[ImBack] and [waugs], it seems to me that you agree to disagree on the benefit vs. detriment of putting uneven stresses on one's legs during a running exercise. This may be a matter of preference or comfort. [futurebird] has actually tried it and doesn't seem to have a problem with the challenge. As long as this doesn't have any increased risk of injury as compared to the run-of-the-mill treadmill, I would give it a shot, just for diversion.

Either of you tried looking for evidence (links) of injury/benefit with regard to running on a circular track to support your case?
-- XSarenkaX, Dec 23 2002

[futurebird], was it a small platform and/or did you have to run at a spot near the centre? Or even the center?

And [Imback], centrifugal momentum doesn't come into play unless the body in question is moving in a circle. I thought the idea of this was to permit running on the spot, no?
-- egbert, Dec 23 2002

It was about 25 feet wide, and you could run/walk up to 3 feet from the rim with ease... It was like running in a circle. Most of the time I'd like to run *with* the motion of the spin since it made you feel like you were "flash" or something. You could get to the center, but there it was not moving fast enough to run-- also it you stood over the center with a leg on each side you'd just spin around like a top...

The more I think about the more I think you could just run in a circle for the same effect...
-- futurebird, Dec 23 2002

[waugs]: Although it's possible that running on such a device could lead to horrible injuries, I think perhaps the word "stress" is used differently by you two.

You are saying that stress is what precedes likely injuries - that it's bad because it does not follow ergonomics.

[ImBack] may be using the same word to describe selective use of particular muscles - as in stressing biceps when lifting weights. In this case, "stress" may be good, as you can't build muscle without pushing a muscle's limitations.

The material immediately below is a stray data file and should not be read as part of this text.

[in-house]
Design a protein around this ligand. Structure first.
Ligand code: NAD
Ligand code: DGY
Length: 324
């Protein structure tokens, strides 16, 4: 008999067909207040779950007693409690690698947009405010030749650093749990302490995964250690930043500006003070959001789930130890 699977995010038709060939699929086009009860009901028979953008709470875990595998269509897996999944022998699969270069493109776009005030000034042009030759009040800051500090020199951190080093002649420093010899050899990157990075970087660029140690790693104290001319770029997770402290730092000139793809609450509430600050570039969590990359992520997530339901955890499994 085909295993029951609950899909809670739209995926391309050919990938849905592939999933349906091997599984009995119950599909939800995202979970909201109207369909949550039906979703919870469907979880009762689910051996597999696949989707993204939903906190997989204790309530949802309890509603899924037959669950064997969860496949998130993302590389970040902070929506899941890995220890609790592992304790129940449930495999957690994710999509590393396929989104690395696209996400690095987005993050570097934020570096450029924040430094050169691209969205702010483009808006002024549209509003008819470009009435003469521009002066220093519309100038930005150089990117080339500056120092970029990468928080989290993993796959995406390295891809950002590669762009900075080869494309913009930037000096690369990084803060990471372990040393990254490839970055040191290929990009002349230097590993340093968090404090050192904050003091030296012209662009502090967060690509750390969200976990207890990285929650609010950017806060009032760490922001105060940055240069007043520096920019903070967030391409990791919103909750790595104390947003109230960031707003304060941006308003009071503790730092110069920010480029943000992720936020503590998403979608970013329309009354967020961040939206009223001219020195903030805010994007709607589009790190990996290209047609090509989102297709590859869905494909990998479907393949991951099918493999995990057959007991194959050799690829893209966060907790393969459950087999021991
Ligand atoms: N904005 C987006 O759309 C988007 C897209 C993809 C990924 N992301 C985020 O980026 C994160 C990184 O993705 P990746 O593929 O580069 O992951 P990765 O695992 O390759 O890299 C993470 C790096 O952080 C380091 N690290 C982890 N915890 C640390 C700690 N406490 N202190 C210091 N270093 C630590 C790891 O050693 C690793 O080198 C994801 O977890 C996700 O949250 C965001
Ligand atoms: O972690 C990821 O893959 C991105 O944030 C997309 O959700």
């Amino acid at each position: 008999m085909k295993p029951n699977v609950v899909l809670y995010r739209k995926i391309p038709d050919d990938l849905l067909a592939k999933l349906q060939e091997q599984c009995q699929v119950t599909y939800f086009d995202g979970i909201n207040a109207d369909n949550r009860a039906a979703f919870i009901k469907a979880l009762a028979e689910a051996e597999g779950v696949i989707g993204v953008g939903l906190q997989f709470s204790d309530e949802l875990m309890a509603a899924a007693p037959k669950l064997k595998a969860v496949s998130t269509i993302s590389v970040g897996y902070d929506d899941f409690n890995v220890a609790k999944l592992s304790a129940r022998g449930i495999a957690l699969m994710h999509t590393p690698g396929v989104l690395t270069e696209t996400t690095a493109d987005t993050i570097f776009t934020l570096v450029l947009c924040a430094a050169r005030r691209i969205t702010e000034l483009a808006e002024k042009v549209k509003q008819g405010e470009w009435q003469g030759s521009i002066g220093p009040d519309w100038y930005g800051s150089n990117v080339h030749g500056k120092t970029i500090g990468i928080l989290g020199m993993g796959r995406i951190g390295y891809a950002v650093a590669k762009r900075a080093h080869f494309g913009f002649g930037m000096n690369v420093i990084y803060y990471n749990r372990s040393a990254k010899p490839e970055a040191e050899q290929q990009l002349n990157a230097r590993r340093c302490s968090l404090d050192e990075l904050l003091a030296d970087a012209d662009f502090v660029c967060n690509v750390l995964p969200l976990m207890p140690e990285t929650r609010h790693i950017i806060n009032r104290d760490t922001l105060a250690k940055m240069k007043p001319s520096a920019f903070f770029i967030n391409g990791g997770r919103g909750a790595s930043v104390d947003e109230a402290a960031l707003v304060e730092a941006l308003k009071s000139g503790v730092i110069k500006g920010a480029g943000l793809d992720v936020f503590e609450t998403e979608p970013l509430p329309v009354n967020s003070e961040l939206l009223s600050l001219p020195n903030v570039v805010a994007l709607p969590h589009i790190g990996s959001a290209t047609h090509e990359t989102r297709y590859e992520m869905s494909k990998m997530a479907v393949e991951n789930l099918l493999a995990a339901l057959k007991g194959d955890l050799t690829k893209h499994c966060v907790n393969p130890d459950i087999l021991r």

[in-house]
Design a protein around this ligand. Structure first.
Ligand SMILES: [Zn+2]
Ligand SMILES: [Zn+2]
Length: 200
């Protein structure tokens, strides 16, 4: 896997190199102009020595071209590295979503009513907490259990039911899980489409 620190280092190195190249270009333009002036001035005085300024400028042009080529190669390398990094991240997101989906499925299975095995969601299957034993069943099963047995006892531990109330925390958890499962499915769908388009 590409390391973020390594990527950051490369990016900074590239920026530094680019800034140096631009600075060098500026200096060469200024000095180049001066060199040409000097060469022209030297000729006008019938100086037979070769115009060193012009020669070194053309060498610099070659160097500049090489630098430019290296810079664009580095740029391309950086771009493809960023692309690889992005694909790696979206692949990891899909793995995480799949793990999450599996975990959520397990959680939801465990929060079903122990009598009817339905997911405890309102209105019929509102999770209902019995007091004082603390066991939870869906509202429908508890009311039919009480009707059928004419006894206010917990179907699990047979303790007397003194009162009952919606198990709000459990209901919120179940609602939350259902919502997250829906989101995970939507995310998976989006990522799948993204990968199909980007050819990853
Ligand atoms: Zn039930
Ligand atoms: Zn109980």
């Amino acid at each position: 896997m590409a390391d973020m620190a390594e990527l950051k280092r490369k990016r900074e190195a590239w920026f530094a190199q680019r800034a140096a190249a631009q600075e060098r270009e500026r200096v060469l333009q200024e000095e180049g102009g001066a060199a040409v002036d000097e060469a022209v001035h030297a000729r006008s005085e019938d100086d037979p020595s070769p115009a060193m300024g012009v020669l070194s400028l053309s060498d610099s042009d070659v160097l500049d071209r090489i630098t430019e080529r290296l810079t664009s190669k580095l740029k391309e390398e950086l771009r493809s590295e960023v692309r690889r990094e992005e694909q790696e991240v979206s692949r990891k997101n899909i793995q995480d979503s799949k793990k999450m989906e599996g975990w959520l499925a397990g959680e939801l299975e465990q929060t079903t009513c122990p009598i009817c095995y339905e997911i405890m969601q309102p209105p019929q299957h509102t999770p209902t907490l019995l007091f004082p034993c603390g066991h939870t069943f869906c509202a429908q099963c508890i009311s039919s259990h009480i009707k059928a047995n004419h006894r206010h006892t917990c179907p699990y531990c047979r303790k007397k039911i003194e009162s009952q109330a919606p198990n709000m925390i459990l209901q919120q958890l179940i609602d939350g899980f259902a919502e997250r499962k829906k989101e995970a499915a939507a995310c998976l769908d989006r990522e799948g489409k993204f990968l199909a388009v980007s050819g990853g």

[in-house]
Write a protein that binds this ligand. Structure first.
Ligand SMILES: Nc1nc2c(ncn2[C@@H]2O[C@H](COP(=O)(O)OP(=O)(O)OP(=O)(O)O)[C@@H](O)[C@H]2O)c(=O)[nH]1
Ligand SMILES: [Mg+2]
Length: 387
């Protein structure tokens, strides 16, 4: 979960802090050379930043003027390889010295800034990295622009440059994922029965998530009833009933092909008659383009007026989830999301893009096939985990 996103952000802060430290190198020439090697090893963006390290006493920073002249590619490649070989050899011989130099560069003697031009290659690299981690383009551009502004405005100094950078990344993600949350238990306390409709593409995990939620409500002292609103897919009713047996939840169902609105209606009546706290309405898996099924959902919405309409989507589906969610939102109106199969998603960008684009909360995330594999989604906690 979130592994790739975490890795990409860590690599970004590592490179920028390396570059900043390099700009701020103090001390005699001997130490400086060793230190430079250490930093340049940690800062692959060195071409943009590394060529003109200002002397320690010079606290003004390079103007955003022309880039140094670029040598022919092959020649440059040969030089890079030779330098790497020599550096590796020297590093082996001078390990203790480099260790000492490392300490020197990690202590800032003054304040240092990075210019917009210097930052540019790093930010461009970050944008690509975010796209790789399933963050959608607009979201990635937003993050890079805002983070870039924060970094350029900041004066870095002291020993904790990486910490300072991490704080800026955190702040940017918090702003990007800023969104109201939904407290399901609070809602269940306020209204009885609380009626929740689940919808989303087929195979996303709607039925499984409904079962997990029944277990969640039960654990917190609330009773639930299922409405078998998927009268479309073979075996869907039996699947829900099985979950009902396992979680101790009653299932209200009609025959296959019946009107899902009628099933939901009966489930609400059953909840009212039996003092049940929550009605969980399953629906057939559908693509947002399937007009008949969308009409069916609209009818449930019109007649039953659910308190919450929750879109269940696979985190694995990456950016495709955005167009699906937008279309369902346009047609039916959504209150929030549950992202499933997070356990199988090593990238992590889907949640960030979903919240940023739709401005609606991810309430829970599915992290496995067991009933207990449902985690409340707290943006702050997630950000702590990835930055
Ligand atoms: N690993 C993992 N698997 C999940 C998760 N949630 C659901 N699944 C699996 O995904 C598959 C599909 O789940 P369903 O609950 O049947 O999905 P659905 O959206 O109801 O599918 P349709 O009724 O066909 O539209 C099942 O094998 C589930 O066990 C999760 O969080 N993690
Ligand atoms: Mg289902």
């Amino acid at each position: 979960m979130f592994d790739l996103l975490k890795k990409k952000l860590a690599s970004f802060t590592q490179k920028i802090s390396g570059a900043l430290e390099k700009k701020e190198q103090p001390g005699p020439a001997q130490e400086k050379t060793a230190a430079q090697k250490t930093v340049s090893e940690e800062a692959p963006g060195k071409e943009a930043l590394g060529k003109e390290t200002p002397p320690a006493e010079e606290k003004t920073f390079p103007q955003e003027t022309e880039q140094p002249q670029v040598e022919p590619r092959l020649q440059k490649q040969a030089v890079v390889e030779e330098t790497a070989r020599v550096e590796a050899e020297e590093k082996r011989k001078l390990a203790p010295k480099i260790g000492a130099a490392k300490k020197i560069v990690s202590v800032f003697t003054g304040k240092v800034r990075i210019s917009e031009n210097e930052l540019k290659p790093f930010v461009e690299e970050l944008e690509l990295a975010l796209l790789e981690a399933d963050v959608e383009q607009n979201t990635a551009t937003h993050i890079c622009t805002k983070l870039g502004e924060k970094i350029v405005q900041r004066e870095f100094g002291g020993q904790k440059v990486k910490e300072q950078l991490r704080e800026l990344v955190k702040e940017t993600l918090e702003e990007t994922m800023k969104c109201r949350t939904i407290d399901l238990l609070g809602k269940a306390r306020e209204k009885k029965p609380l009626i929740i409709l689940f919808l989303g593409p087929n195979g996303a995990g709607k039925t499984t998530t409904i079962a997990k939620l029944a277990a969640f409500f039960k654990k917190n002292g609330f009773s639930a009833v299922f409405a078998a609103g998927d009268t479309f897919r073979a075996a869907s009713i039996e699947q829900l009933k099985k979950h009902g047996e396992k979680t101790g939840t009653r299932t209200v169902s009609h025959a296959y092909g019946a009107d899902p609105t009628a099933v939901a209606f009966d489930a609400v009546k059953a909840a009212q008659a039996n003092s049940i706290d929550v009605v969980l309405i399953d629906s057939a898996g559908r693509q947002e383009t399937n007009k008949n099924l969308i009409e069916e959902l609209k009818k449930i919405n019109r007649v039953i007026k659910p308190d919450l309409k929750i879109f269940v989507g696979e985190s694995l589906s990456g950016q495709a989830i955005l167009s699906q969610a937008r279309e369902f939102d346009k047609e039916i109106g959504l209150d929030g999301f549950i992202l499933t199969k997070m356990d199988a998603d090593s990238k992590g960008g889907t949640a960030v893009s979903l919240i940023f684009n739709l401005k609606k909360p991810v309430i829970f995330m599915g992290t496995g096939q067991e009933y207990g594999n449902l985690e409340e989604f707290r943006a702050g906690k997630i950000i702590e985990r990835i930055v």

If I'm correct, and [ImBack] is using this word as mentioned above, I can see why one might say that a device which causes "stress" on one leg at a time may be superior, as it may allow the user to build strength or develop balance or whatever. However, if this "stress" turns out to be an unnatural way for the body to move, as I suspect it may be, a device such as this one may lead to increased injury, which would lead me to say that this device would be inferior to a standard treadmill.
-- XSarenkaX, Dec 23 2002

I suspect that the diameter of this device is so small that it would be impossible to run on it. The circumference is a little over 6m, so even a walking stride would cover approx 1/6 of the diameter with each step, roughly an angle of 60 degrees. Running involves a longer stride and would therefore result in an unnatural sideways gait more akin to trying to run sideways down a steep slope than to using a treadmill.

And where do you hold on? Most treadmills I have seen have a handle for maintaining balance. I think this device needs one even more, as any innacuracy in following the exact circular path with the feet will quickly result in an unexpected excursion into the tyrewall and some stress of a different kind (not the good sort).

Which is a shame, because I like the lateral (no pun intended) thinking behind this idea. A larger version for gym use might work better.
-- egbert, Dec 23 2002

We need conic sections, three dimensions and little strips to run on so both legs are even.

No - I'm thinking parabola, wall of death and tilted footpaths.
-- DenholmRicshaw, Dec 23 2002

I don't think I contradicted myself. I think everything I said made sense. I never once denied the treadmill would cuase stress on the inner-leg. Perhaps you misread my statements.
-- ImBack, Dec 23 2002

Have the edges banked, it's more fun that way. And instead of a motor turning the thing, put a generator and hook it up to your eletricity supply. Kinda like those bikes that you pedal to keep your TV playing.
-- flyfast, May 16 2003

random, halfbakery